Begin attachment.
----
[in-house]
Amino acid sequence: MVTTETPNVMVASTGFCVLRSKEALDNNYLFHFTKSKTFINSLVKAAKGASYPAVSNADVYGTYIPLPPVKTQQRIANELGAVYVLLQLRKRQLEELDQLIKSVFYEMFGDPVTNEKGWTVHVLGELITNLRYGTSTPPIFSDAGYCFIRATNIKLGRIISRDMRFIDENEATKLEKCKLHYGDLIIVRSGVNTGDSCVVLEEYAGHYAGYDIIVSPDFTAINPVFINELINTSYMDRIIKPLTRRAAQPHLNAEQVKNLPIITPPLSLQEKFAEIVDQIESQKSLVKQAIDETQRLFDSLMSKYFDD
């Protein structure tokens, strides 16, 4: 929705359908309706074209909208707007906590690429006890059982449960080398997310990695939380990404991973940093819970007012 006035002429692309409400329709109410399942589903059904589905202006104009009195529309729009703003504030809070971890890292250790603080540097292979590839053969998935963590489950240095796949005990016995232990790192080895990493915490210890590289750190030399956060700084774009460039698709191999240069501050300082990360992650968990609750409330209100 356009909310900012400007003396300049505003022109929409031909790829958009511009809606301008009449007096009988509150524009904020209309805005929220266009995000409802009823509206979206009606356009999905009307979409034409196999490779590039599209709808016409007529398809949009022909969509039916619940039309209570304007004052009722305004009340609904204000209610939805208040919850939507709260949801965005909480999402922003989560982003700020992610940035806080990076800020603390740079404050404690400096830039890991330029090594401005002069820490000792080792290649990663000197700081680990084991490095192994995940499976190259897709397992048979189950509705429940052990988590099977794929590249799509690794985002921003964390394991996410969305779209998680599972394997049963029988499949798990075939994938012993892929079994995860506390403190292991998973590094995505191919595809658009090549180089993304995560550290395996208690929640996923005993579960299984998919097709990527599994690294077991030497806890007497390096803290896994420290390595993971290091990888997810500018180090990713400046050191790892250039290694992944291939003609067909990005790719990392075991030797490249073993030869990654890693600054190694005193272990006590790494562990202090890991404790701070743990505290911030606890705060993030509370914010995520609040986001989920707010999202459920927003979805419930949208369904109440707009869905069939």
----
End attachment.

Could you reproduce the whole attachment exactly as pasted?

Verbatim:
[in-house]
Amino acid sequence: MVTTETPNVMVASTGFCVLRSKEALDNNYLFHFTKSKTFINSLVKAAKGASYPAVSNADVYGTYIPLPPVKTQQRIANELGAVYVLLQLRKRQLEELDQLIKSVFYEMFGDPVTNEKGWTVHVLGELITNLRYGTSTPPIFSDAGYCFIRATNIKLGRIISRDMRFIDENEATKLEKCKLHYGDLIIVRSGVNTGDSCVVLEEYAGHYAGYDIIVSPDFTAINPVFINELINTSYMDRIIKPLTRRAAQPHLNAEQVKNLPIITPPLSLQEKFAEIVDQIESQKSLVKQAIDETQRLFDSLMSKYFDD
């Protein structure tokens, strides 16, 4: 929705359908309706074209909208707007906590690429006890059982449960080398997310990695939380990404991973940093819970007012 006035002429692309409400329709109410399942589903059904589905202006104009009195529309729009703003504030809070971890890292250790603080540097292979590839053969998935963590489950240095796949005990016995232990790192080895990493915490210890590289750190030399956060700084774009460039698709191999240069501050300082990360992650968990609750409330209100 356009909310900012400007003396300049505003022109929409031909790829958009511009809606301008009449007096009988509150524009904020209309805005929220266009995000409802009823509206979206009606356009999905009307979409034409196999490779590039599209709808016409007529398809949009022909969509039916619940039309209570304007004052009722305004009340609904204000209610939805208040919850939507709260949801965005909480999402922003989560982003700020992610940035806080990076800020603390740079404050404690400096830039890991330029090594401005002069820490000792080792290649990663000197700081680990084991490095192994995940499976190259897709397992048979189950509705429940052990988590099977794929590249799509690794985002921003964390394991996410969305779209998680599972394997049963029988499949798990075939994938012993892929079994995860506390403190292991998973590094995505191919595809658009090549180089993304995560550290395996208690929640996923005993579960299984998919097709990527599994690294077991030497806890007497390096803290896994420290390595993971290091990888997810500018180090990713400046050191790892250039290694992944291939003609067909990005790719990392075991030797490249073993030869990654890693600054190694005193272990006590790494562990202090890991404790701070743990505290911030606890705060993030509370914010995520609040986001989920707010999202459920927003979805419930949208369904109440707009869905069939």